JTD Keywords: copper indium thiophosphate, diffusion, elastic band method, ferroelectrics, ionic conductor, migration, nanoscale, phase transition, piezoresponse force microscopy, scanning dielectric microscopy, transition, Copper indium thiophosphate, Initio molecular-dynamics, Scanning dielectric microscopy


Kaurin, D, Bal, PK, Arroyo, M, (2022). Peeling dynamics of fluid membranes bridged by molecular bonds: moving or breaking Journal Of The Royal Society Interface 19, 20220183

Biological adhesion is a critical mechanical function of complex organisms. At the scale of cell-cell contacts, adhesion is remarkably tunable to enable both cohesion and malleability during development, homeostasis and disease. It is physically supported by transient and laterally mobile molecular bonds embedded in fluid membranes. Thus, unlike specific adhesion at solid-solid or solid-fluid interfaces, peeling at fluid-fluid interfaces can proceed by breaking bonds, by moving bonds or by a combination of both. How the additional degree of freedom provided by bond mobility changes the mechanics of peeling is not understood. To address this, we develop a theoretical model coupling diffusion, reactions and mechanics. Mobility and reaction rates determine distinct peeling regimes. In a diffusion-dominated Stefan-like regime, bond motion establishes self-stabilizing dynamics that increase the effective fracture energy. In a reaction-dominated regime, peeling proceeds by travelling fronts where marginal diffusion and unbinding control peeling speed. In a mixed reaction-diffusion regime, strengthening by bond motion competes with weakening by bond breaking in a force-dependent manner, defining the strength of the adhesion patch. In turn, patch strength depends on molecular properties such as bond stiffness, force sensitivity or crowding. We thus establish the physical rules enabling tunable cohesion in cellular tissues and in engineered biomimetic systems.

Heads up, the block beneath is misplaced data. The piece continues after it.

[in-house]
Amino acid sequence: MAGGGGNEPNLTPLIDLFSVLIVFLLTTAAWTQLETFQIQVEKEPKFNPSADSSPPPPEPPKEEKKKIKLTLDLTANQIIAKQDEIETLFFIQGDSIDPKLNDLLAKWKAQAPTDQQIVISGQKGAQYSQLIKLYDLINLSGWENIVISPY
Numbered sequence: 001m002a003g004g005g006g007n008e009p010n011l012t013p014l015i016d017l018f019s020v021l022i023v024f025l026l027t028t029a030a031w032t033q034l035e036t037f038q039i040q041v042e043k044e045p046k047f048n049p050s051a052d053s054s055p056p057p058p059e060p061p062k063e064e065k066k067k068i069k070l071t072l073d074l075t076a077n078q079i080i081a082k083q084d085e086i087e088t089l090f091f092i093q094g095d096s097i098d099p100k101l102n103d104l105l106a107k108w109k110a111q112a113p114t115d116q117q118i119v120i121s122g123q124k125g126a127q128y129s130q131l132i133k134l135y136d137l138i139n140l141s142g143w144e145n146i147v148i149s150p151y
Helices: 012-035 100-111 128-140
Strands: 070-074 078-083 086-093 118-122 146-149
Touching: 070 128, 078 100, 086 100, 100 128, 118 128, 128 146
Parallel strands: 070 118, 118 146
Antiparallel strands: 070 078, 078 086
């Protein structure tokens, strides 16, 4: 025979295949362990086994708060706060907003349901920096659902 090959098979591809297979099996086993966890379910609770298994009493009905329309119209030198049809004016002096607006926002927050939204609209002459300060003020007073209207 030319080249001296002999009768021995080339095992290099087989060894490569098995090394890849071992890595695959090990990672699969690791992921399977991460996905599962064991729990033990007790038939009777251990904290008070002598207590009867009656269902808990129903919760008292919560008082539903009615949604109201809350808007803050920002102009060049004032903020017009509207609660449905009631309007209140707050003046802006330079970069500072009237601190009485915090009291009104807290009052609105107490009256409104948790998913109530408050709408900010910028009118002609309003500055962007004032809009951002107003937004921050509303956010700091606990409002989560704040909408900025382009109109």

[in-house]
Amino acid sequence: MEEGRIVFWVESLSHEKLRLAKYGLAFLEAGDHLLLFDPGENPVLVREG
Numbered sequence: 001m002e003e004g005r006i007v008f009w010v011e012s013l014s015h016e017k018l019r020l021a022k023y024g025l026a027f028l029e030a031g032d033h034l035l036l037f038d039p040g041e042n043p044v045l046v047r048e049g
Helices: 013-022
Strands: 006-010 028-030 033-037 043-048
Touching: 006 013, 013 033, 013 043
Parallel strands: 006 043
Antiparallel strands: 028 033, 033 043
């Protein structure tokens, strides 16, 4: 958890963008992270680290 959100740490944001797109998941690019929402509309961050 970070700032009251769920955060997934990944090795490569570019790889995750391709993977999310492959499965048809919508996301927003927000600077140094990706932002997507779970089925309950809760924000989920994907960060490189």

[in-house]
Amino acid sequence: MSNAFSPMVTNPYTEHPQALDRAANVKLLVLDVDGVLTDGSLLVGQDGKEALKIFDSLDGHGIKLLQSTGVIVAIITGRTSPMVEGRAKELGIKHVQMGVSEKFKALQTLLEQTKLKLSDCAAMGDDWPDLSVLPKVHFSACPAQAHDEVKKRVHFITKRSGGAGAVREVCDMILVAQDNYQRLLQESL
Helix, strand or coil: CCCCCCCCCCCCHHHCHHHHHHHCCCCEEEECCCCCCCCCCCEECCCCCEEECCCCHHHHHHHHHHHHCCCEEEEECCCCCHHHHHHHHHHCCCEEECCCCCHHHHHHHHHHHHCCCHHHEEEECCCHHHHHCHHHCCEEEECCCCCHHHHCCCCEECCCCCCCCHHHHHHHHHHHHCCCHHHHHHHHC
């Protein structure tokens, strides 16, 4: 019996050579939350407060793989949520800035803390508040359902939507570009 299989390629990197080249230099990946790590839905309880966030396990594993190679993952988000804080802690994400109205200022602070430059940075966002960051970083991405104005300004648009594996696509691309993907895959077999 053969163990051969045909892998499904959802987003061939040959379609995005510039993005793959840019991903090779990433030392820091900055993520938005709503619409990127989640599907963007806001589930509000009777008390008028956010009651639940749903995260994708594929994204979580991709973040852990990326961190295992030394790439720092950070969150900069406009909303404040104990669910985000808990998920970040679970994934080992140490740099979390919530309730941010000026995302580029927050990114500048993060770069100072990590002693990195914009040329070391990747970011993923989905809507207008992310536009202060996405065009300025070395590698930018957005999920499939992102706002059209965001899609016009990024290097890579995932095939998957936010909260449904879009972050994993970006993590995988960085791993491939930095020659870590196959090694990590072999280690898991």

JTD Keywords: cell–cell adhesion, peeling, Adhesive contact, Cadherins, Cell-cell adhesion, Detachment, Detailed mechanics, Diffusion, Growth, Kinetics, Peeling, Red-blood-cells, Repulsion, Separation, Vesicle adhesion


Tuveri, GM, Ceccarelli, M, Pira, A, Bodrenko, IV, (2022). The Optimal Permeation of Cyclic Boronates to Cross the Outer Membrane via the Porin Pathway Antibiotics 11,

We investigated the diffusion of three cyclic boronates formulated as beta-lactamase inhibitors through the porin OmpF to evaluate their potential to cross OM via the porin pathway. The three nonbeta-lactam molecules diffuse through the porin eyelet region with the same mechanism observed for beta-lactam molecules and diazobicyclooctan derivatives, with the electric dipole moment aligned with the transversal electric field. In particular, the BOH group can interact with both the basic ladder and the acidic loop L3, which is characteristic of the size-constricted region of this class of porins. On one hand, we confirm that the transport of small molecules through enterobacter porins has a common general mechanism; on the other, the class of cyclic boronate molecules does not seem to have particular difficulties in diffusing through enterobacter porins, thus representing a good scaffold for new anti-infectives targeting Gram-negative bacteria research.